Published on 12, July, 2020
I like facebook - I spend a lot of time on it. My profile is almost exclusively 'NT compliant but still eccentric old me'
Does anyone think that a 'dual identity' is healthy?
I feel like I want to 'live my truth' and just be completely open, but I think some/many existing friends would be confused and quite unnerved.
Above all I just want to share some things I know - to entertain, educate, resonate (or be happily disagreed with) - and feel that some of my things are VERY not NT.
This topic is something I've been pondering for a long time, and since discovering I'm on the spectrum, it makes a lot more sense why I was confused about it.
Since learning I'm on the spectrum…
More and more of the people I know have woken up to the toxic nature of social media. So many are leaving. Although, these companies make it more and more difficult for you to leave because they have got…
After going through phases of deactivating and reactivating my FB account, I finally deleted it. People get so uncomfortable with so many things (bluntness, 'oversharing', certain jokes etc). I found FB…
Join a charity, JJ. Go and meet.interact with real people in real time.
It's an amplifier for all types of societal narcissism, fuelled by corporate greed. Everyone is living on Facebook, editing their lives and sharing their 'best moments' to garner likes, or their 'worst moments' to garner sympathy.
Yeah, definitely. I don't like that I cannot access some groups without a Facebook account. And also that without a profile filled in you're deemed 'untrustworthy' and might not be approved in a group. Sigh!
I use Instagram for my special interest - knitting and crochet mainly. Not advertised as me being autistic but I do have conversations on there with others about autism.
Twitter account 1 - work-related stuff
Twitter account 2 - openly autistic General chit chat
Facebook - family/friends, not openly autistic
I started the 2nd Twitter for autism and general chit chat recently as I was originally being openly autistic on my primary account but I was blurring lines really between my work identity and my personal needs as a newly diagnosed autistic woman.
I dont feel I want to make a big announcement that I'm autistic to friends and family so I've not bothered with Facebook. I know it would only result in questions I dont want to answer.
Yea and it's purposely made to be addictive. I see the evidence even in support workers when they're sat right in front of me, they can't handle being away from their phone and on facebook for longer than a few minutes. I once challenged a support worker to not look at her phone for the whole duration of my support and they kept reaching over for an invisible phone (because I'd hid it from them as part of the challenge LOL) It was like it was just an automatic thing for them to do now, 'oh it's been 10 minutes....must reach for phone'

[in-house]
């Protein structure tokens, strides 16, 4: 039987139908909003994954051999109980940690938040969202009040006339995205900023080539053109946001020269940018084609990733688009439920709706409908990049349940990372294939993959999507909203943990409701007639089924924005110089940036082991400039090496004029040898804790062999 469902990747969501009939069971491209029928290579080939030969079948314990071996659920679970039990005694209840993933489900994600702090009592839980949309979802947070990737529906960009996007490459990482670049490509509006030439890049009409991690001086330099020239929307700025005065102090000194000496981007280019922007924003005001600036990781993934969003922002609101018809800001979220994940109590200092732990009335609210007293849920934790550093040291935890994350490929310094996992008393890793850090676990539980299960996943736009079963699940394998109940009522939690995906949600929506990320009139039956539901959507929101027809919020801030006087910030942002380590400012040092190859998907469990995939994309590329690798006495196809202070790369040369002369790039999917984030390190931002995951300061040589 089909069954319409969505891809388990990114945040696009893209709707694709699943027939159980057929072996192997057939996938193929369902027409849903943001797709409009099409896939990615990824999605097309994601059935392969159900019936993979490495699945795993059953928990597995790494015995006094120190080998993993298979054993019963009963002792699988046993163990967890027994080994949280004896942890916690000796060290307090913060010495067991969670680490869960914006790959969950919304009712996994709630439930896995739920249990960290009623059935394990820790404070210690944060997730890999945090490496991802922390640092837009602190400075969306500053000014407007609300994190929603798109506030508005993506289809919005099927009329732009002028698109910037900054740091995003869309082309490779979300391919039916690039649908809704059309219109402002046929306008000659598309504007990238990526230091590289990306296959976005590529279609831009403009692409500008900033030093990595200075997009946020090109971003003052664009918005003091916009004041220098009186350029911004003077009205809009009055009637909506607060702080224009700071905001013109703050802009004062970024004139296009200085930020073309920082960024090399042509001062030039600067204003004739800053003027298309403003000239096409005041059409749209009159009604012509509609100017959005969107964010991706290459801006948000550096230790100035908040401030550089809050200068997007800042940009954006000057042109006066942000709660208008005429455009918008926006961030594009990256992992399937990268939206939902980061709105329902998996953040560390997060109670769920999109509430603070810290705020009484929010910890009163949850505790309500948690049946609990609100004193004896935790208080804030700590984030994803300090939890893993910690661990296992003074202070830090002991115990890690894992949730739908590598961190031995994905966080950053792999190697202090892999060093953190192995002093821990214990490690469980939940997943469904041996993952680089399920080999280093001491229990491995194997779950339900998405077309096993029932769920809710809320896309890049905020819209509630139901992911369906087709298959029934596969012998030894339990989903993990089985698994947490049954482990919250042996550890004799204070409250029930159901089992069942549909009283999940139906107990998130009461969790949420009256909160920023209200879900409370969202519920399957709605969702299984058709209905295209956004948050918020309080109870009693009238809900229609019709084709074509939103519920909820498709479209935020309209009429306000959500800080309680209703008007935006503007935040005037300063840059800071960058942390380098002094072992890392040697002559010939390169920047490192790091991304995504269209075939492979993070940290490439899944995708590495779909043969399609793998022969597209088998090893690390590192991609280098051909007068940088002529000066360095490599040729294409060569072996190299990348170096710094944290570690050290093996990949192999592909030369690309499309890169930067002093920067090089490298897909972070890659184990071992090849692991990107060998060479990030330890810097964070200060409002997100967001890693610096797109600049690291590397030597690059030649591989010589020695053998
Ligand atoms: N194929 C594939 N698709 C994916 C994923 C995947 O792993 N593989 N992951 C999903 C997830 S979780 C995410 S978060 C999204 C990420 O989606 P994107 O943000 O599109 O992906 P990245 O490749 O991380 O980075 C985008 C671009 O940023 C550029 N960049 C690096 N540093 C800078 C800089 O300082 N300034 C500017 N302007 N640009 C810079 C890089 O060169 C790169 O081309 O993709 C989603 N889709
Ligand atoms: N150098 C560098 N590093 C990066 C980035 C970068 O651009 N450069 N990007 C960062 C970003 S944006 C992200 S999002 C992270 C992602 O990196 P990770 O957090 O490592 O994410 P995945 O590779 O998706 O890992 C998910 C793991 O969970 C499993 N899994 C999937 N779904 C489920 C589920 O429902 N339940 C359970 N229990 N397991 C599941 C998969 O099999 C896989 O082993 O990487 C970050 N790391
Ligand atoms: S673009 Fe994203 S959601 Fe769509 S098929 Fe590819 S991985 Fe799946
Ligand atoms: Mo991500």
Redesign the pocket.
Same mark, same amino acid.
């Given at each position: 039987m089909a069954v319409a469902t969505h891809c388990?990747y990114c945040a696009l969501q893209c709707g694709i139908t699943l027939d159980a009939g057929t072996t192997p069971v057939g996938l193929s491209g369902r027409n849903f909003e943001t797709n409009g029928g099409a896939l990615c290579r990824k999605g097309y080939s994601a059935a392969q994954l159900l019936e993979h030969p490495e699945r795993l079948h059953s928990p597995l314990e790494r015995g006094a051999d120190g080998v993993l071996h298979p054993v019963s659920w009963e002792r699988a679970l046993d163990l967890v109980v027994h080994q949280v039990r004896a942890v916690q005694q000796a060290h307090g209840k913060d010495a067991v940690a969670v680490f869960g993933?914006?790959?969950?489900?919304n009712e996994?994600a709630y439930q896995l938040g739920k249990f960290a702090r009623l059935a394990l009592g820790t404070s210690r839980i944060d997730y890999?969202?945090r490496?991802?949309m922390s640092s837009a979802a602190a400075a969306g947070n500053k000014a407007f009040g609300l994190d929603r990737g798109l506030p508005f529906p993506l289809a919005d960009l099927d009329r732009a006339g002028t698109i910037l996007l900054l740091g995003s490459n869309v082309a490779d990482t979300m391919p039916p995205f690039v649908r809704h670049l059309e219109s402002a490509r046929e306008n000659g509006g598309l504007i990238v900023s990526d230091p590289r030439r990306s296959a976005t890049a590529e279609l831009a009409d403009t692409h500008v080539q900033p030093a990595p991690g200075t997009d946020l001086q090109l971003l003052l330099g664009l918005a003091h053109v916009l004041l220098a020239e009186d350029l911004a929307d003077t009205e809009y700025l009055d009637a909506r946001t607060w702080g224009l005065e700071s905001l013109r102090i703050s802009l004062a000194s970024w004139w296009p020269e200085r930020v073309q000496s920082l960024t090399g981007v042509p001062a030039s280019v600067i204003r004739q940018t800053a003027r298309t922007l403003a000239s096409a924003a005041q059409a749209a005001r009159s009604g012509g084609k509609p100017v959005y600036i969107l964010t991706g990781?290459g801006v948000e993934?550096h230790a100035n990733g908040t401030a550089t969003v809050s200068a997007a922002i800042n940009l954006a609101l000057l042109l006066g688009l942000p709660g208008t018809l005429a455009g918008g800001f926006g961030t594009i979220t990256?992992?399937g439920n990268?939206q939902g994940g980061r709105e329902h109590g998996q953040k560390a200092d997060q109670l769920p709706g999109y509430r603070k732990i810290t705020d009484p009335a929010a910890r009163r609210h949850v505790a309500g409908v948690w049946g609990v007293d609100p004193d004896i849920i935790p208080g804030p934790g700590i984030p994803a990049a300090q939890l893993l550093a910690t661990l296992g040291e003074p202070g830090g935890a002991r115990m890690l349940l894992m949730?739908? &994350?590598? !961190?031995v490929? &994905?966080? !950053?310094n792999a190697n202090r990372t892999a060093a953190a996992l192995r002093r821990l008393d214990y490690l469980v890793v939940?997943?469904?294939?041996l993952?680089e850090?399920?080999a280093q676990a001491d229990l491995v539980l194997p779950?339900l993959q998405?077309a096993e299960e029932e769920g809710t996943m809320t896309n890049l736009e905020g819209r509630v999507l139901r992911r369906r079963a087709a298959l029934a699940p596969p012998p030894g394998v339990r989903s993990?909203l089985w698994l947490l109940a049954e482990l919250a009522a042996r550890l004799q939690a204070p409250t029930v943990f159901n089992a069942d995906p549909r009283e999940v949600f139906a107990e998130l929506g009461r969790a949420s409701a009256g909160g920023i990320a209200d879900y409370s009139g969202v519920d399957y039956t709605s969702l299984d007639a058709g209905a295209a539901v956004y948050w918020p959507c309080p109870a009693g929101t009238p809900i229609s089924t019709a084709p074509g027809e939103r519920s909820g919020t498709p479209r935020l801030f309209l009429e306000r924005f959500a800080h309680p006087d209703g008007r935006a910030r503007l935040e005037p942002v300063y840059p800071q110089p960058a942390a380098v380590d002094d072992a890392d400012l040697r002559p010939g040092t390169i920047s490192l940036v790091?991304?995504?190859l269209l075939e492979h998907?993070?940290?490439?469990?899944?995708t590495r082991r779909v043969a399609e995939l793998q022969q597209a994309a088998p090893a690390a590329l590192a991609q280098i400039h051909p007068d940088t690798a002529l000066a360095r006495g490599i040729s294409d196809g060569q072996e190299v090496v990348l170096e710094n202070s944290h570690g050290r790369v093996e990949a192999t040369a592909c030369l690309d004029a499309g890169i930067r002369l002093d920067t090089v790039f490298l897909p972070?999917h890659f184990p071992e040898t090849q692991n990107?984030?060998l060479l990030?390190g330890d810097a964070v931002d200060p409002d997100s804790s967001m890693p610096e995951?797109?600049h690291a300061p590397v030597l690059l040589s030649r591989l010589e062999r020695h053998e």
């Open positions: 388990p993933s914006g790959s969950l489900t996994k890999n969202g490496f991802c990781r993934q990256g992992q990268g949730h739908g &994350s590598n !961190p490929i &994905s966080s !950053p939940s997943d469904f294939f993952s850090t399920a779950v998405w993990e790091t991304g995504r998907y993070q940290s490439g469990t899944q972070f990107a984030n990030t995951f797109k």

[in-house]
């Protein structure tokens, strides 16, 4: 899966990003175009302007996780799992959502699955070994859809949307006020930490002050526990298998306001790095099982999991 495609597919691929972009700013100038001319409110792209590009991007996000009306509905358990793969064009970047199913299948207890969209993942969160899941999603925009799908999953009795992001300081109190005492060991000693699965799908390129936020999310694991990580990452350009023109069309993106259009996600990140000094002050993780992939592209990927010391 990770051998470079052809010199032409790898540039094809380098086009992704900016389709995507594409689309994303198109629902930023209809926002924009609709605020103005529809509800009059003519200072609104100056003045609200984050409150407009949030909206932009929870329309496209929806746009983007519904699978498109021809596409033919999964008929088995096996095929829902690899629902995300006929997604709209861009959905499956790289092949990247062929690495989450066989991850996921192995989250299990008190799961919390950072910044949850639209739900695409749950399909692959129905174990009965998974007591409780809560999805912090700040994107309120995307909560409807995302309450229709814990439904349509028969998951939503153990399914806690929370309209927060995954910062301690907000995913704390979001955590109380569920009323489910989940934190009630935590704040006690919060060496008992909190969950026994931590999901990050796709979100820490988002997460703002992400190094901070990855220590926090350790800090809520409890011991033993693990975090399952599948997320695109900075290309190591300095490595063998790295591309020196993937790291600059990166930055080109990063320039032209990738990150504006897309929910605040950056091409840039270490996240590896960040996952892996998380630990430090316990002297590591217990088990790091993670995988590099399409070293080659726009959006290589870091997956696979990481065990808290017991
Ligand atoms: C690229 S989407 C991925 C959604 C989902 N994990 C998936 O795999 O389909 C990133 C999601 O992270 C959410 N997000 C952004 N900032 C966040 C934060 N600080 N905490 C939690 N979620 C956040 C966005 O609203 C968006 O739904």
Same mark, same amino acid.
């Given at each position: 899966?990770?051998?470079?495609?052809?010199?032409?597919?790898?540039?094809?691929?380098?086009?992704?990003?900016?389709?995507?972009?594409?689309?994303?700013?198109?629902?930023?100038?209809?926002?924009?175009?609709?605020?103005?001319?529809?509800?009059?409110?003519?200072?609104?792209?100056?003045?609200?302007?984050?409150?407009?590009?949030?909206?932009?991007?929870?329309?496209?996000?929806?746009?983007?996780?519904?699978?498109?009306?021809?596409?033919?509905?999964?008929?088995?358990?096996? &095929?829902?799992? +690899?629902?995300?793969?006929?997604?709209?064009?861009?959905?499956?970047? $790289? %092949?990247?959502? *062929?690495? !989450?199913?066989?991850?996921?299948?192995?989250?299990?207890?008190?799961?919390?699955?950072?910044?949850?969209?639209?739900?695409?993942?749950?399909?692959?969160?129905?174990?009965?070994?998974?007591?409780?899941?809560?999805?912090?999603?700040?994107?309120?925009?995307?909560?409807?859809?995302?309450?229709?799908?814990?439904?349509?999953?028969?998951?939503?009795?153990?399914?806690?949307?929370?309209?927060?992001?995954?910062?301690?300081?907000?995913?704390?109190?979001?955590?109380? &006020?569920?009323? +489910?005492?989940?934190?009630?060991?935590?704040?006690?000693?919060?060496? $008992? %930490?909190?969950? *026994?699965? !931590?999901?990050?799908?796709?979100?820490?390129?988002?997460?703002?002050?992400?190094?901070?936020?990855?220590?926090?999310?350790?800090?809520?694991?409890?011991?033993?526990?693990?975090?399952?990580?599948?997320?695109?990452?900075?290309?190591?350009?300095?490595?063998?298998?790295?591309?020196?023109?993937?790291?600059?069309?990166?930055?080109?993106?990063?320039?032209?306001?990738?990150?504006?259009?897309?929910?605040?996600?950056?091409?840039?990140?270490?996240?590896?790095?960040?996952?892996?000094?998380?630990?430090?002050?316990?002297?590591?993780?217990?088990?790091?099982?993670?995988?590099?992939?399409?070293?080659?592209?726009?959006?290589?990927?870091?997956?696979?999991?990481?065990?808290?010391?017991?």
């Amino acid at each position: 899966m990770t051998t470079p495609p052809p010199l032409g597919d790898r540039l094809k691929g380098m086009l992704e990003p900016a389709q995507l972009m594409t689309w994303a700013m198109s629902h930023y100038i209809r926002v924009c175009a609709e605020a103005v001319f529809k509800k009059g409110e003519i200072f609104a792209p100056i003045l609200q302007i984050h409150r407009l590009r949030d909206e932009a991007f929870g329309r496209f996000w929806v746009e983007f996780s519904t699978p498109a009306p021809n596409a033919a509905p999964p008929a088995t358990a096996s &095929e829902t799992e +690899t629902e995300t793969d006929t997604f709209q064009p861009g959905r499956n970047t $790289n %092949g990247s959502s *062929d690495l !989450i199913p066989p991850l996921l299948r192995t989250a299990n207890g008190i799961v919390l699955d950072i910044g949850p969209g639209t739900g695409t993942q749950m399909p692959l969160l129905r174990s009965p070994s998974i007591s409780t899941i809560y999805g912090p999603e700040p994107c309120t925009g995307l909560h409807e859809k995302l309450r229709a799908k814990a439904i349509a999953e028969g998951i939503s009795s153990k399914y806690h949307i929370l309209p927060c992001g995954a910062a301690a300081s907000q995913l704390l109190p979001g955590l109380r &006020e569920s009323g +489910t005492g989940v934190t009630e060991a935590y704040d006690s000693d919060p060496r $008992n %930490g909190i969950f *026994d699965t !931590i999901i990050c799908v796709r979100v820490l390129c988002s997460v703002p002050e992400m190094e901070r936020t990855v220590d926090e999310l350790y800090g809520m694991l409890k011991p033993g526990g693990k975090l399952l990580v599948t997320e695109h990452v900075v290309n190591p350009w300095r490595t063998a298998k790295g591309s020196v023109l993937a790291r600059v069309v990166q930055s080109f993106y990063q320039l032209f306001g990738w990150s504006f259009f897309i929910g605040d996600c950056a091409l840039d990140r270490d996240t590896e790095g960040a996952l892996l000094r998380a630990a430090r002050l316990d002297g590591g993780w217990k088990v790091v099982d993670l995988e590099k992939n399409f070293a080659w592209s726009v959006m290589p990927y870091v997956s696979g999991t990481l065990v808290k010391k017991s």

I feel that there is a lot of 'forethought without evidence' about groups on facebook.I had enough with one group and gently advised a new member not to post her own research or ideas (about dog food, of all things!) because she would be set upon by the rabble. (IE the echo chamber effect with a Little Hitler in charge).... I was banned from there, despite it being a very good source of information and also that I know an awful lot of verifiable science about feeding dogs - a lot more than the people on there.
I am interested in the function of social media in the (horrifically) widening polarization of global attitudes (in some people) and its unifying function of finding confluence across disparate communities (which was what 'the net' was originally heralded to be). I'm not entirely sure that anyone can define what progress actually looks like until after it has happened...
The scenarios you describe really echo my thinking.I tried separate accounts - all in my own name but with differing target audiences: I am sure that has not been a success.
When I worked, there was a giant wall between personal and professional online personas (thank you LinkedIn and also fake Facebook names)And now, with a diagnosis behind me... all i really want to do is live MY truth - whatever on earth that looks like - and not hurt anyone in the process... :(
Yes, finding our truth seems to be a tricky balance. Do we put ourselves out there and open ourselves up or do we remain guarded. I find this is my general dilemma at the moment, not just online.
After going through phases of deactivating and reactivating my FB account, I finally deleted it. People get so uncomfortable with so many things (bluntness, 'oversharing', certain jokes etc). I found FB to be quite restricting, because I felt pressured to pretend to be somebody I'm not on there, and hype up my happiness and successes.
Another thing that annoyed me about it is that most people I know pretend to be someone they're not on there! Like they have their 'online persona', which is nothing like their real selves. I had a conversation about this with one of my NT friends, who just shrugged and said "that's just the way it is". Total waste of energy. I'd rather just chat to my friends one on one on WhatsApp and IRL.
A lot depends on *your* experience of what autistic really means to you. Do you feel you would fit well with (I hate this phrase) 'lower functioning' autistic people or do you feel you're more HFA.
If you feel HFA is more your thing, then you'll find most museums are stuffed with them - all into their special interest and loving talking to others about it..
Where do you feel you would fit?